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Established in 1985, the Workplace Safety and Insurance Appeals Tribunal (WSIAT) is the final level of appeal to which workers and employers may bring disputes concerning workplace safety and insurance matters in Ontario. WSIAT has always been separate from and independent of the Workplace Safety and Insurance Board.



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  Decision 2783 16
S. Netten

  • Board Directives and Guidelines (earnings basis)
  • Earnings basis (seasonal employment)
  • Earnings basis (long-term)

The worker suffered compensable injuries in 1995 and 1996. The worker appealed a decision of the Appeals Resolution Officer regarding the earnings basis for calculation of benefits.
The worker requested recalculation of the earnings basis in both claims under s. 40(1)(b) of the pre-1997 Act. Under s. 40(1)(a) the Board calculates the daily or hourly rate of the worker's earnings. At the time of the 1996 accident, the worker was not being paid a daily or hourly rate. Rather, she was being paid per mile driven. In the absence of an hourly or daily rate, an average weekly rate is determined by consideration recent wages. In any event, the calculation under s. 40(1)(a) did not fairly represent the average earnings.
The worker was in ongoing seasonal employment. A seasonal lay-off was characteristic of the worker's employment cycle with the employer. In calculation earnings during the previous 12 months under s. 40(1)(b), the lay-off must be factored in. Employment insurance benefits received during the lay-off period should also be included.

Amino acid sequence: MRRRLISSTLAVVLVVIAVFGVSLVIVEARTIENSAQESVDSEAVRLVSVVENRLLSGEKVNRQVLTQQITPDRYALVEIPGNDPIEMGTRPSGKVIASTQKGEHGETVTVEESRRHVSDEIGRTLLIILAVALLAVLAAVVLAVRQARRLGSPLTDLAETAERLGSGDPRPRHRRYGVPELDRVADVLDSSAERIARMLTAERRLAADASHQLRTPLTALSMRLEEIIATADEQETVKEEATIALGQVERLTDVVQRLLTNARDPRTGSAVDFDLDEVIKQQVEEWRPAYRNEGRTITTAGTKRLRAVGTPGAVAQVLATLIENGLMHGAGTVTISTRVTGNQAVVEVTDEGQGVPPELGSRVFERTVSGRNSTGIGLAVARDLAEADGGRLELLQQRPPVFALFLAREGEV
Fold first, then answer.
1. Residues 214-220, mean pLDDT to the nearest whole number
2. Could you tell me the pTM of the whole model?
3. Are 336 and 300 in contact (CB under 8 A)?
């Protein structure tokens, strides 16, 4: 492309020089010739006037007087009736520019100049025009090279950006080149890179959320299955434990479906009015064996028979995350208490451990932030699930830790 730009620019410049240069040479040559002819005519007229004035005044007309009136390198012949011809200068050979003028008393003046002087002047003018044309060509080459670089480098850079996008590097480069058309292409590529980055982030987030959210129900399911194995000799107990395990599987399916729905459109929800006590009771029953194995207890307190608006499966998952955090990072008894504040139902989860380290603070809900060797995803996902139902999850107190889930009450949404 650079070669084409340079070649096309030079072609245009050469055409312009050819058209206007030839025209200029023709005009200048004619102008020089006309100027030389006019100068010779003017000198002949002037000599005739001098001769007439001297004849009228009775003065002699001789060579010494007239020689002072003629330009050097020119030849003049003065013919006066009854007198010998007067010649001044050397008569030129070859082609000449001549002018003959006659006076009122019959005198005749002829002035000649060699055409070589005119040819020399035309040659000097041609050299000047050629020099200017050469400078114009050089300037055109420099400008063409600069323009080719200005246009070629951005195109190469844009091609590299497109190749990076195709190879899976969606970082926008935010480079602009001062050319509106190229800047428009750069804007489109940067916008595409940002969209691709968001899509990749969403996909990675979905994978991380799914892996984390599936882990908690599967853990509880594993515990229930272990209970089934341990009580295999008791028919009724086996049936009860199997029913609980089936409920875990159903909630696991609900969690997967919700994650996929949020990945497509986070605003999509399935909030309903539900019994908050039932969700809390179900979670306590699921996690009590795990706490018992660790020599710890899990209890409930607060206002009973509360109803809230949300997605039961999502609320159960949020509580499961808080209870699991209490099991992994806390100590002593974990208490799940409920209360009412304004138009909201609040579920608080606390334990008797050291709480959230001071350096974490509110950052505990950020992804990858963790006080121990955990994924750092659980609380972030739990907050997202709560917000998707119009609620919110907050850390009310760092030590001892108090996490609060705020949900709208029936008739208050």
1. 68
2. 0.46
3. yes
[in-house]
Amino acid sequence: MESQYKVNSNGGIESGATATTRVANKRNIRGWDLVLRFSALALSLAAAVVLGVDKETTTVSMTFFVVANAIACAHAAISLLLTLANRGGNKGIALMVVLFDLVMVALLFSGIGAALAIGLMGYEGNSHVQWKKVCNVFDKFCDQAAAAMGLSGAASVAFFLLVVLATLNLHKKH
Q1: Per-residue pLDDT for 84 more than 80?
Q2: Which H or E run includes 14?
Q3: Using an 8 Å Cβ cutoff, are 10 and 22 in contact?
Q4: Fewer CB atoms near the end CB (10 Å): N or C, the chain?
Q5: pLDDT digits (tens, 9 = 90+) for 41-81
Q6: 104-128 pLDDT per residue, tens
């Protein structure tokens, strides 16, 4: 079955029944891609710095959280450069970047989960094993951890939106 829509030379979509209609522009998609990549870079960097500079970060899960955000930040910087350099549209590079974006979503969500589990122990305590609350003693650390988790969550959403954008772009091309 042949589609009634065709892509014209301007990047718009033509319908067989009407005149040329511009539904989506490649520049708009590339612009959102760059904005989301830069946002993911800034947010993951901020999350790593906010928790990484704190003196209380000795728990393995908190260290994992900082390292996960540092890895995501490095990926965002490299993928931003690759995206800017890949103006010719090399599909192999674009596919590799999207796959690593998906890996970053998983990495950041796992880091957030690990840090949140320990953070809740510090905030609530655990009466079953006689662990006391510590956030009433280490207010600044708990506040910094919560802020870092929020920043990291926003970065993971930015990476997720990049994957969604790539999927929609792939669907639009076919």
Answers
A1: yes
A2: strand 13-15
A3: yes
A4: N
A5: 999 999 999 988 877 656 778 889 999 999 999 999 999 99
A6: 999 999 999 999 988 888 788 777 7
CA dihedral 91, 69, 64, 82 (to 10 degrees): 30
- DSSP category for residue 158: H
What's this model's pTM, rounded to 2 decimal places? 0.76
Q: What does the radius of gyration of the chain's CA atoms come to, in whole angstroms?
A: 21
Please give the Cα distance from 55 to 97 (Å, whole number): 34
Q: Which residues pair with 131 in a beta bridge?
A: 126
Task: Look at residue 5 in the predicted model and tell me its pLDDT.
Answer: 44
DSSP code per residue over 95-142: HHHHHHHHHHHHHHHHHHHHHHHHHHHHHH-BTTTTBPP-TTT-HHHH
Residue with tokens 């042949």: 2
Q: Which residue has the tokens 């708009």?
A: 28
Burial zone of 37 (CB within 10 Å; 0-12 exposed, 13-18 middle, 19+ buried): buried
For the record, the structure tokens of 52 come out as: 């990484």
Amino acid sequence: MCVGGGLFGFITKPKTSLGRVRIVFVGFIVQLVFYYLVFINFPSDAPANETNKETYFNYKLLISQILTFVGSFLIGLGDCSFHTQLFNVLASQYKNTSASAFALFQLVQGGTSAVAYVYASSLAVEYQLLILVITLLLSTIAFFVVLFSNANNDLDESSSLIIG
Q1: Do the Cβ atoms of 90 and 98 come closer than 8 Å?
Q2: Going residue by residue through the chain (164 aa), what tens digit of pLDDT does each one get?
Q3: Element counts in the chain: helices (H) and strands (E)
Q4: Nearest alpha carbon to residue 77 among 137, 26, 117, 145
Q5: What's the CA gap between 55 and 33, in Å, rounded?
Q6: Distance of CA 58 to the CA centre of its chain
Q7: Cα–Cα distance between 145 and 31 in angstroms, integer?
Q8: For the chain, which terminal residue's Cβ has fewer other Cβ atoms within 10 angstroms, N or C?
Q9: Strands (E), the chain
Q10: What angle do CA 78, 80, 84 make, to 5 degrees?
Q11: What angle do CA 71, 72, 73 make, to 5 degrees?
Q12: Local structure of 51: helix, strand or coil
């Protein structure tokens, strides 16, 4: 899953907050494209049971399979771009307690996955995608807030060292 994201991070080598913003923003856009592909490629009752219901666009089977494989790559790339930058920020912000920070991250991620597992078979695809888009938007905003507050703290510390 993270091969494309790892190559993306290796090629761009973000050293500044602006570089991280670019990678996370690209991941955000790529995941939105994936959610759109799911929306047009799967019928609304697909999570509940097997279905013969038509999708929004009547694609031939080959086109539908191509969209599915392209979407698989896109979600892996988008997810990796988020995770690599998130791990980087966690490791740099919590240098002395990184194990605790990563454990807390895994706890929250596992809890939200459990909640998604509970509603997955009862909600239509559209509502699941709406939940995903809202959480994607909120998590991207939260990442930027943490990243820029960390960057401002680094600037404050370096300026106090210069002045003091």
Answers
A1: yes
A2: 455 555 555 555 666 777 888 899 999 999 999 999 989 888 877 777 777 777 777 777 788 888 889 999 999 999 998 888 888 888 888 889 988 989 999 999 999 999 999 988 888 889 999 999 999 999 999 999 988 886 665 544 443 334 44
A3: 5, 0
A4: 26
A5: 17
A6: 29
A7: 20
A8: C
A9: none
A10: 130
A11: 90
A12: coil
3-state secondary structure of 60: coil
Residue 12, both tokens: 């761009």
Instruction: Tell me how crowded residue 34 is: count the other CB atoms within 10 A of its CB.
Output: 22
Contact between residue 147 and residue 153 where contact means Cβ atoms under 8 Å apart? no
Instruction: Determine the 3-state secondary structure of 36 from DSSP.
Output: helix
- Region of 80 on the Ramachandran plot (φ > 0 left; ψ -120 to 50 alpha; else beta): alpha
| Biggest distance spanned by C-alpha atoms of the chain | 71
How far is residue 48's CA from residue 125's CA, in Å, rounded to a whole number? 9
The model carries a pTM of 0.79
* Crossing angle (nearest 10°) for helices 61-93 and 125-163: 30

The worker suggested that a single earnings basis should be used for both claims. However, the Vice-Chair noted that calculation of average earnings is based on earnings preceding the relevant date of accident. Therefore, two separate calculations are required.
Calculation under s. 40(1)(a) did not fairly represent the worker's average earnings. In the 1995 claim, the s. 40(1)(a) calculation overstated the worker's loss of earnings by ignoring the pattern of employment over time. In the 1996 claim, the s. 40(1)(a) calculation understated the loss of earnings by focusing on the immediate pre-accident period, during which the worker had limited work available to her. For both claims, the s. 40(1)(b) recalculation considers earnings and employment pattern over a one-year period, and provides the fairest approximation of probable loss of earnings.
The appeal was allowed in part.